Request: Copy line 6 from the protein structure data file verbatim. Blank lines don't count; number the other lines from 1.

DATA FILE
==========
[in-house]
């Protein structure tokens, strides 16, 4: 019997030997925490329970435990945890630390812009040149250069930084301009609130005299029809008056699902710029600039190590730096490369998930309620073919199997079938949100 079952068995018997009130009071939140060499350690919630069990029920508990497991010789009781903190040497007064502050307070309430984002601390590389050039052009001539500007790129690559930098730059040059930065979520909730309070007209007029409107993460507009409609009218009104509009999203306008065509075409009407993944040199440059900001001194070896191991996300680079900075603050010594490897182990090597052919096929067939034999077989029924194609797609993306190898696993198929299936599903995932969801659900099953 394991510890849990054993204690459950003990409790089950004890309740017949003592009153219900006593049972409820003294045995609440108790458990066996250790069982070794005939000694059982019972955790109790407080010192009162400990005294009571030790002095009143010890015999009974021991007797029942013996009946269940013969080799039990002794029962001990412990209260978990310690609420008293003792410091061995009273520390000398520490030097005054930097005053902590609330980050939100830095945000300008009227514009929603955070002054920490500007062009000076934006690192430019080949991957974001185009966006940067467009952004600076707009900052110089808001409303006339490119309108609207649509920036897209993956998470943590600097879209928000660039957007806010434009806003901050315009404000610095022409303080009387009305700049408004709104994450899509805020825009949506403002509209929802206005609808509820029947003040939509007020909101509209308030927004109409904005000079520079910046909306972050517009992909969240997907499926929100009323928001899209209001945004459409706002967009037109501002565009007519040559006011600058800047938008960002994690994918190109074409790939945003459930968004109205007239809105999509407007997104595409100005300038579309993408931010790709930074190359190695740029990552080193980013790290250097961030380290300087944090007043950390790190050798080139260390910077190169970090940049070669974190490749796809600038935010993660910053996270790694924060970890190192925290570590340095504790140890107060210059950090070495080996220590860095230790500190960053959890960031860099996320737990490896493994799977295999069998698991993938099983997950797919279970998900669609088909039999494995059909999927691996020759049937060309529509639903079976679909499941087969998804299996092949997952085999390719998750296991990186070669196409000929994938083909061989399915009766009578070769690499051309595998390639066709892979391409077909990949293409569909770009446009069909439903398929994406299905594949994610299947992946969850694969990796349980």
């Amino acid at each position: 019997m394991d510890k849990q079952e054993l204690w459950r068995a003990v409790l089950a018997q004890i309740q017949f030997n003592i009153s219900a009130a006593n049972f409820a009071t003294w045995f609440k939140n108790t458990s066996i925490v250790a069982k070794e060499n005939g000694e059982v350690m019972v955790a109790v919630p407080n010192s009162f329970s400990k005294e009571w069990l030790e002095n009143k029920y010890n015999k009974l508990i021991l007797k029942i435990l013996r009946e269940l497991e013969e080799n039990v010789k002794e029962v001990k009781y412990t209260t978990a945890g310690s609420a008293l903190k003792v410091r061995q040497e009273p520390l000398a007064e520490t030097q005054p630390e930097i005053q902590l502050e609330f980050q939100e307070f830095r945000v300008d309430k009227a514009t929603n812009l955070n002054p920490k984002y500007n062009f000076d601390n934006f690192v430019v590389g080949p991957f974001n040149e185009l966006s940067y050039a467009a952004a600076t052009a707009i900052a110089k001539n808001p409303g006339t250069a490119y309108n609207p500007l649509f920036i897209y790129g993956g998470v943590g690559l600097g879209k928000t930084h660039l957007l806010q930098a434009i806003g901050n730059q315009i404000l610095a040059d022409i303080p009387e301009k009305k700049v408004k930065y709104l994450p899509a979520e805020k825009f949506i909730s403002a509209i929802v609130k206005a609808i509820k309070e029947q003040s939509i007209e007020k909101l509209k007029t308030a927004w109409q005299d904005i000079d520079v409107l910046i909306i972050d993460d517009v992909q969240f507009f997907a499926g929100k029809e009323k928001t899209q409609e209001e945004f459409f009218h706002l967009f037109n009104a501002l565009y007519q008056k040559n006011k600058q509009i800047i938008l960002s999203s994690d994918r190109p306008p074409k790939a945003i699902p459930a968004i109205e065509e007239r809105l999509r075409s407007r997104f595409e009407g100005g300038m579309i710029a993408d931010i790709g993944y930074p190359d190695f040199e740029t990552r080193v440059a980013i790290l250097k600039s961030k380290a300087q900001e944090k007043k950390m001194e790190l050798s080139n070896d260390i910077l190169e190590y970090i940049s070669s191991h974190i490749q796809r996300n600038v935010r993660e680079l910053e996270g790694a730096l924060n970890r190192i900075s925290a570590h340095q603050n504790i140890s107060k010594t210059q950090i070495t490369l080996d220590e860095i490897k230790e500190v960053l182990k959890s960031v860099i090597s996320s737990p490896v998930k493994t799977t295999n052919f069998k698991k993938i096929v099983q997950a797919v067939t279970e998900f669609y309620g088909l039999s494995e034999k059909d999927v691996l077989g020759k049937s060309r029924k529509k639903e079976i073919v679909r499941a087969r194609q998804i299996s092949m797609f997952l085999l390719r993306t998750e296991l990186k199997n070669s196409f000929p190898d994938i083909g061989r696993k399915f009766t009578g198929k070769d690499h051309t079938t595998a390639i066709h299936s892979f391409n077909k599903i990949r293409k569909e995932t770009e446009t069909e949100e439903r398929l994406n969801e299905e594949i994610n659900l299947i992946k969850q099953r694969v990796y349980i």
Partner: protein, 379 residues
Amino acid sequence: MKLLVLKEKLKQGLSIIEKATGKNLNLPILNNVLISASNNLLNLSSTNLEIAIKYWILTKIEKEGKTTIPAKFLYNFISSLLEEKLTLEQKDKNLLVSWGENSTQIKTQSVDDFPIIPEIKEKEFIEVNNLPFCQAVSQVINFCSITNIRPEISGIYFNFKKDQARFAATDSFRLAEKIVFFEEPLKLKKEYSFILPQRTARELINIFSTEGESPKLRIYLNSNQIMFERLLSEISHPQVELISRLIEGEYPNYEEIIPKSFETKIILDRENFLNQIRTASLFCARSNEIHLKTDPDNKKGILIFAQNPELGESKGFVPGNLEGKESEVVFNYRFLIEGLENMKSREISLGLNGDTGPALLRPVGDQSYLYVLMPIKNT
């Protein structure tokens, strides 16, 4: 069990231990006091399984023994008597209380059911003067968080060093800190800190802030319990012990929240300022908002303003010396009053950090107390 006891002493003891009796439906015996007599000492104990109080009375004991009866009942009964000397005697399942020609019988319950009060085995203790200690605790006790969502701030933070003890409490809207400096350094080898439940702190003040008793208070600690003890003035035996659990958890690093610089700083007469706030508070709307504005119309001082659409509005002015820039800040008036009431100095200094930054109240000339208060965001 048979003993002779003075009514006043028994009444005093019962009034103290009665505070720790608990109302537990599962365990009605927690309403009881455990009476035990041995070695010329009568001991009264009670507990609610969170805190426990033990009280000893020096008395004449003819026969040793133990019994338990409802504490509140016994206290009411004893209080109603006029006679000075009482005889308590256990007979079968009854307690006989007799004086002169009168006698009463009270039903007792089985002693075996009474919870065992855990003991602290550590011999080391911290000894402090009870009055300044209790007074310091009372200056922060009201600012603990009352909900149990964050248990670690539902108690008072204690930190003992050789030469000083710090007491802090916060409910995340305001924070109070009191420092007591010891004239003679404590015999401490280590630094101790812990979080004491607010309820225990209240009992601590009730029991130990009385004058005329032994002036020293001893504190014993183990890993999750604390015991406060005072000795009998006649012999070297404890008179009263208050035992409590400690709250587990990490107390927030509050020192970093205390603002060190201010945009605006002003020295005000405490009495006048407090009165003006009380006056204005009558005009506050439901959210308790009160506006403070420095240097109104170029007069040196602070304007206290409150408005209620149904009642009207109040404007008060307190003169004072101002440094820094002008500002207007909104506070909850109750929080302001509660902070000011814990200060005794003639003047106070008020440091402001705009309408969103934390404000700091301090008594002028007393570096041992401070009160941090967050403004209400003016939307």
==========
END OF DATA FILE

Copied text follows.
């Protein structure tokens, strides 16, 4: 069990231990006091399984023994008597209380059911003067968080060093800190800190802030319990012990929240300022908002303003010396009053950090107390 006891002493003891009796439906015996007599000492104990109080009375004991009866009942009964000397005697399942020609019988319950009060085995203790200690605790006790969502701030933070003890409490809207400096350094080898439940702190003040008793208070600690003890003035035996659990958890690093610089700083007469706030508070709307504005119309001082659409509005002015820039800040008036009431100095200094930054109240000339208060965001 048979003993002779003075009514006043028994009444005093019962009034103290009665505070720790608990109302537990599962365990009605927690309403009881455990009476035990041995070695010329009568001991009264009670507990609610969170805190426990033990009280000893020096008395004449003819026969040793133990019994338990409802504490509140016994206290009411004893209080109603006029006679000075009482005889308590256990007979079968009854307690006989007799004086002169009168006698009463009270039903007792089985002693075996009474919870065992855990003991602290550590011999080391911290000894402090009870009055300044209790007074310091009372200056922060009201600012603990009352909900149990964050248990670690539902108690008072204690930190003992050789030469000083710090007491802090916060409910995340305001924070109070009191420092007591010891004239003679404590015999401490280590630094101790812990979080004491607010309820225990209240009992601590009730029991130990009385004058005329032994002036020293001893504190014993183990890993999750604390015991406060005072000795009998006649012999070297404890008179009263208050035992409590400690709250587990990490107390927030509050020192970093205390603002060190201010945009605006002003020295005000405490009495006048407090009165003006009380006056204005009558005009506050439901959210308790009160506006403070420095240097109104170029007069040196602070304007206290409150408005209620149904009642009207109040404007008060307190003169004072101002440094820094002008500002207007909104506070909850109750929080302001509660902070000011814990200060005794003639003047106070008020440091402001705009309408969103934390404000700091301090008594002028007393570096041992401070009160941090967050403004209400003016939307």